Marilyn Messenger, a broker with Andrew Mitchell and Company, knows her market in Sudbury and other suburbs. She sees the homes that are available there, she goes inside them and she can pretty much pin down what will sell and how much a buyer will pay for it. Still, sometimes the process of pricing a home can be fraught with tension.
“What’s difficult is that sellers are generally about six months behind what’s really going on because by the time the media reports on this stuff, it’s already over,” Messenger said. “They’re working with past history and reading about bidding wars and this and that and it’s like, that was in March when there wasn’t any inventory. Now there is more inventory, and July is a slower month, but they are still very skeptical of the idea that if you price it correctly, it will sell quickly for top dollar.”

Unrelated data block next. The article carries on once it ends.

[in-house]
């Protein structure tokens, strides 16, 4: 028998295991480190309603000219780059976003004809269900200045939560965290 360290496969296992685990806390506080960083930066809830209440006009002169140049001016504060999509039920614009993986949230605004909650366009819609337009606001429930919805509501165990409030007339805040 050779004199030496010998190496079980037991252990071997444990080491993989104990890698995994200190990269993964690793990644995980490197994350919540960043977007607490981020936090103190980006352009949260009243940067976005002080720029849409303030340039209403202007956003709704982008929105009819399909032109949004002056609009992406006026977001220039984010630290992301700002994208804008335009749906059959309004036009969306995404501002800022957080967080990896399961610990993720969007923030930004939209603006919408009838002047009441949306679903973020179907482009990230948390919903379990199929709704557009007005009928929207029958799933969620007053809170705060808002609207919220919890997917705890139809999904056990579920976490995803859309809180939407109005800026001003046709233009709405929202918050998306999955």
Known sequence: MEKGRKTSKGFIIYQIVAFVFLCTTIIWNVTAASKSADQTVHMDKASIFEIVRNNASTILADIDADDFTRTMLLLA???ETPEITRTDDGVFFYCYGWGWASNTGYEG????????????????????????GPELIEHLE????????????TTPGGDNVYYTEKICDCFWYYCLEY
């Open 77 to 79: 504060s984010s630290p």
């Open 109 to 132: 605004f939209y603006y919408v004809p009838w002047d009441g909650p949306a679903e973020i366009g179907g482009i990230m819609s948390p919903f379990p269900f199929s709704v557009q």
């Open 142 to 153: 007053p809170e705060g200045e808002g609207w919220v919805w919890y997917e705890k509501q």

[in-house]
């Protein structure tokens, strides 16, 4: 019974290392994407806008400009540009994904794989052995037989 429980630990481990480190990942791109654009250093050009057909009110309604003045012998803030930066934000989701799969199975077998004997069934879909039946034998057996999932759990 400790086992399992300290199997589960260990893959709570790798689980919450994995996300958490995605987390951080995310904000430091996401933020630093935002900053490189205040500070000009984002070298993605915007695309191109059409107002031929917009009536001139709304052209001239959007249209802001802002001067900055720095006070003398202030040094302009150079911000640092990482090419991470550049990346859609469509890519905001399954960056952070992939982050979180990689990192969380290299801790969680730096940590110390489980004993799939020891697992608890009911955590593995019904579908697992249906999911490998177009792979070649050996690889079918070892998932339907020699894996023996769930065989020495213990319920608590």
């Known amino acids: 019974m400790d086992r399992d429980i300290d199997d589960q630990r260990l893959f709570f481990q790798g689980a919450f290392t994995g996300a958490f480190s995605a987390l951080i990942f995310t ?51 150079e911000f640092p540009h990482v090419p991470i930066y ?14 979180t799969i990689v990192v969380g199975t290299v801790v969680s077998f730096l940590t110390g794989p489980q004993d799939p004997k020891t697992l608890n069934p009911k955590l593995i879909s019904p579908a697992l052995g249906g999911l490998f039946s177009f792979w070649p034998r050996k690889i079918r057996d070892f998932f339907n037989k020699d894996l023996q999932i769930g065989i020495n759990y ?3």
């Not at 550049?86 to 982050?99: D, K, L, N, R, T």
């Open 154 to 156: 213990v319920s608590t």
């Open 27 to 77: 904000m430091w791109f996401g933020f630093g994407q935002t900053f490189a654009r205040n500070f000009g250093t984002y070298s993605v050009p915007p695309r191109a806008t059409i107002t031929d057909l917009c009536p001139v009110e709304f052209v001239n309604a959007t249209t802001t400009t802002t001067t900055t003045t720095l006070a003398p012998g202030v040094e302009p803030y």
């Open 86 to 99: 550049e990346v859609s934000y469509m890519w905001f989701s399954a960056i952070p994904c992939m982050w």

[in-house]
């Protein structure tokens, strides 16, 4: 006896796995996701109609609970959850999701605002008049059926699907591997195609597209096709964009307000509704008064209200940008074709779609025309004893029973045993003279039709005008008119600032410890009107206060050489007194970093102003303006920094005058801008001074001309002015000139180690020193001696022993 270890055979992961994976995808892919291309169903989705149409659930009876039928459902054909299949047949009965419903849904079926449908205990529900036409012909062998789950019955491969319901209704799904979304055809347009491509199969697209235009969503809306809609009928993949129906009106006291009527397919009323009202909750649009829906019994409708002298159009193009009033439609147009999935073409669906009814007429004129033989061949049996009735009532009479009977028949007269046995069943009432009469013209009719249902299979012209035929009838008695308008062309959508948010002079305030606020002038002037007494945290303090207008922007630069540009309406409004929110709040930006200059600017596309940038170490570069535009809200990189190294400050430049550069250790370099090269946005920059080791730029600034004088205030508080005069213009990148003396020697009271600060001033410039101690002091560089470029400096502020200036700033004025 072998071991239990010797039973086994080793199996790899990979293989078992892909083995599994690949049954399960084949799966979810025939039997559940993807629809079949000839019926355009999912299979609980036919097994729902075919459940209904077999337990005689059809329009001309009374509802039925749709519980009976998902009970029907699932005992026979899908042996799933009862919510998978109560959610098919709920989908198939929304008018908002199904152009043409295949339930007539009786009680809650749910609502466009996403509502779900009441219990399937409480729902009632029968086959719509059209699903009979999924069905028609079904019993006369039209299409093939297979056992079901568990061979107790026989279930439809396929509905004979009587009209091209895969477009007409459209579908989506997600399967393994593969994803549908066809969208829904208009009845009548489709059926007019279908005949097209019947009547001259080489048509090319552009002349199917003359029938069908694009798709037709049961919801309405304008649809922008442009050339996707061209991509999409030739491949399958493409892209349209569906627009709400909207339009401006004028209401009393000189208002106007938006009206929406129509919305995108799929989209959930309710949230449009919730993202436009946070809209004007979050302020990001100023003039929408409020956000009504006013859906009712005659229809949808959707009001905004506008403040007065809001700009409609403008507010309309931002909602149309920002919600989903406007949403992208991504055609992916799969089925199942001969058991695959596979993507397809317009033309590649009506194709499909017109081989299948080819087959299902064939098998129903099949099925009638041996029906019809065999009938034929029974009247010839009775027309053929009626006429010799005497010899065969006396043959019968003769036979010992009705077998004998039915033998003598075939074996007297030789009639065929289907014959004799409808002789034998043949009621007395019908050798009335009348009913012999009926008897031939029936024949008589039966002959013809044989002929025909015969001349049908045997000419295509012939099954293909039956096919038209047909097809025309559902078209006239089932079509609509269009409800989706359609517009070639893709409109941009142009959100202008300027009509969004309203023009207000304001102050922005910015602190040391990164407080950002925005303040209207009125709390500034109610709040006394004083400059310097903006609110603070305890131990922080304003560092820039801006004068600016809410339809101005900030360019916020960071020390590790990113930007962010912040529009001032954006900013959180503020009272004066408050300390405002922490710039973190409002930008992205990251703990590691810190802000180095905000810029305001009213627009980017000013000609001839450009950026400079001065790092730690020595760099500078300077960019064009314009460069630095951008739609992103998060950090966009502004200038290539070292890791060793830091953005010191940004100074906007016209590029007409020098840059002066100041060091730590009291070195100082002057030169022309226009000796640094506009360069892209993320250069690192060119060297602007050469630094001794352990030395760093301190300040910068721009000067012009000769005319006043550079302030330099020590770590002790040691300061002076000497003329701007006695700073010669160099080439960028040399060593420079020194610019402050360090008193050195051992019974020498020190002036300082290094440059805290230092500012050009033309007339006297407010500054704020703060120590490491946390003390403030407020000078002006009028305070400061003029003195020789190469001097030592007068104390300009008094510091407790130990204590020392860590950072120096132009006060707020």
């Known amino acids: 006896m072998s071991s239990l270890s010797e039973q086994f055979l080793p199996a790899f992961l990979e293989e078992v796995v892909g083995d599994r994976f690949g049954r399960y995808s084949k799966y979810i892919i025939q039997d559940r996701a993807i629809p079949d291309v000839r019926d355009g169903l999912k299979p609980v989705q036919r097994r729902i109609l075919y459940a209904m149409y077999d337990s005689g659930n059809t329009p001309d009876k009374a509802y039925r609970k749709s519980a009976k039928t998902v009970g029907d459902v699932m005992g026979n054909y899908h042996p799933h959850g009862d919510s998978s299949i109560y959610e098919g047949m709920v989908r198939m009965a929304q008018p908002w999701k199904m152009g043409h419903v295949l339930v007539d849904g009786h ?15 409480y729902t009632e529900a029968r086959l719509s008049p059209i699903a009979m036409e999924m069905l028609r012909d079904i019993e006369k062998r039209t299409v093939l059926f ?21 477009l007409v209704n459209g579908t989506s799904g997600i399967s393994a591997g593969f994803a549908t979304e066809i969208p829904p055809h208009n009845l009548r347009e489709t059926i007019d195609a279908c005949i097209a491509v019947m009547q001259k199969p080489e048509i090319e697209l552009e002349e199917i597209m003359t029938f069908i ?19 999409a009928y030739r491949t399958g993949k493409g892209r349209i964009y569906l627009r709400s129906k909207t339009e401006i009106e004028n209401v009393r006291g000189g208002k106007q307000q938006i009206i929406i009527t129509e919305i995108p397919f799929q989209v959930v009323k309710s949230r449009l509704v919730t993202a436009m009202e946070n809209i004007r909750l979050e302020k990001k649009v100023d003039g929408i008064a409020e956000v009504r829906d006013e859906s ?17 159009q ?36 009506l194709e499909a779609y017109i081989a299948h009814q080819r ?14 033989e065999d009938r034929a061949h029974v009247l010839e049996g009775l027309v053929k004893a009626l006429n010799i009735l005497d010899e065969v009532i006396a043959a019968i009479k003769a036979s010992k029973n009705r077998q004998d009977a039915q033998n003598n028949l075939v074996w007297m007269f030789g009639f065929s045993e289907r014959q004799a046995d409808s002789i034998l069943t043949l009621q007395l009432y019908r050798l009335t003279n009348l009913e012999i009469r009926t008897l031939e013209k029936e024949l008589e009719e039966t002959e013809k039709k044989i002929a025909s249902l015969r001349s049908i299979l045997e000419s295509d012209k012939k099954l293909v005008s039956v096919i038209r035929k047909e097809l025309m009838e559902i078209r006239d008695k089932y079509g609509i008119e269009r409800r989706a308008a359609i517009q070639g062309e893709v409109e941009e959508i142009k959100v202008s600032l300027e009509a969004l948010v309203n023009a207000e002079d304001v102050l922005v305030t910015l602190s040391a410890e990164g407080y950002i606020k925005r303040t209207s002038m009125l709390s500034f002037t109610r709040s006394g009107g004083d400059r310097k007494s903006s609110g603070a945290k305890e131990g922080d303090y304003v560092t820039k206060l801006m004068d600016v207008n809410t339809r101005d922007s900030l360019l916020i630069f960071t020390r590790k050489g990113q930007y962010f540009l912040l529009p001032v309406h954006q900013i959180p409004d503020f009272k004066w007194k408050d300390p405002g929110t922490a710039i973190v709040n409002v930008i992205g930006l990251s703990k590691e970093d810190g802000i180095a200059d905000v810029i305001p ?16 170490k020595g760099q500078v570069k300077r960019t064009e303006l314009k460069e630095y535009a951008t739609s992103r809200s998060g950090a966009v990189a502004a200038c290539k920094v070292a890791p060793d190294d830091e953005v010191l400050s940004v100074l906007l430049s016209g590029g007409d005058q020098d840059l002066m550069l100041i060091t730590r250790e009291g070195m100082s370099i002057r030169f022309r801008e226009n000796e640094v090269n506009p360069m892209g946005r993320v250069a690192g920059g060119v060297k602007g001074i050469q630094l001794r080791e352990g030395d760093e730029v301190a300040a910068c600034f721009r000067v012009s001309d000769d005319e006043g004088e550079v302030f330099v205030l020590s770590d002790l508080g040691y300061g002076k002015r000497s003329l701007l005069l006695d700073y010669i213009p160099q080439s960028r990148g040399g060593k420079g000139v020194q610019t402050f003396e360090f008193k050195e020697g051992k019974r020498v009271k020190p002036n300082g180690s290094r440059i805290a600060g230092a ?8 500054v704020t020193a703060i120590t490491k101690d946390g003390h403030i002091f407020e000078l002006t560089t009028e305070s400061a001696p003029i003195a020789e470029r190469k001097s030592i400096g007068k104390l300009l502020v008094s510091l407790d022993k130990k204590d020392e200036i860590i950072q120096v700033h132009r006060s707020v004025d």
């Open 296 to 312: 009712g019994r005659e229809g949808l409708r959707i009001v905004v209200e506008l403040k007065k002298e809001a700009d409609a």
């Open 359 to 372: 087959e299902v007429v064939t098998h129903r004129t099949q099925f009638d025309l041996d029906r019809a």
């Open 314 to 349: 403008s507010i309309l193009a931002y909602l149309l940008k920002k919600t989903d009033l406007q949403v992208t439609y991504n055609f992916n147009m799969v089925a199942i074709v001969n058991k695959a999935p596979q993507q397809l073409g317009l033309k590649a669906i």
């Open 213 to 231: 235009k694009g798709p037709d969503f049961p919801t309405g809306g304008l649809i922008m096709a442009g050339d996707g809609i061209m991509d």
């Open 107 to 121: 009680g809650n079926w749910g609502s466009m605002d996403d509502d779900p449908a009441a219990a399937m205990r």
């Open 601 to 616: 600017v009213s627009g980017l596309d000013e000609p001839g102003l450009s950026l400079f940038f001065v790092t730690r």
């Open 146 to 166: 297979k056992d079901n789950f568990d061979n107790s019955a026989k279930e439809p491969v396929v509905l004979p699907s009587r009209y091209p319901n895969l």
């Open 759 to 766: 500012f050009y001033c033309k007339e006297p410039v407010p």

Messenger often encounters sellers who are afraid that they’re going to leave money on the table by pricing their property too low. They expect that if they price their home for more, a buyer will pay more for it. She handles those situations by sitting down with clients and calmly going over the numbers, the comparables and the particulars of their own property that factor into her price.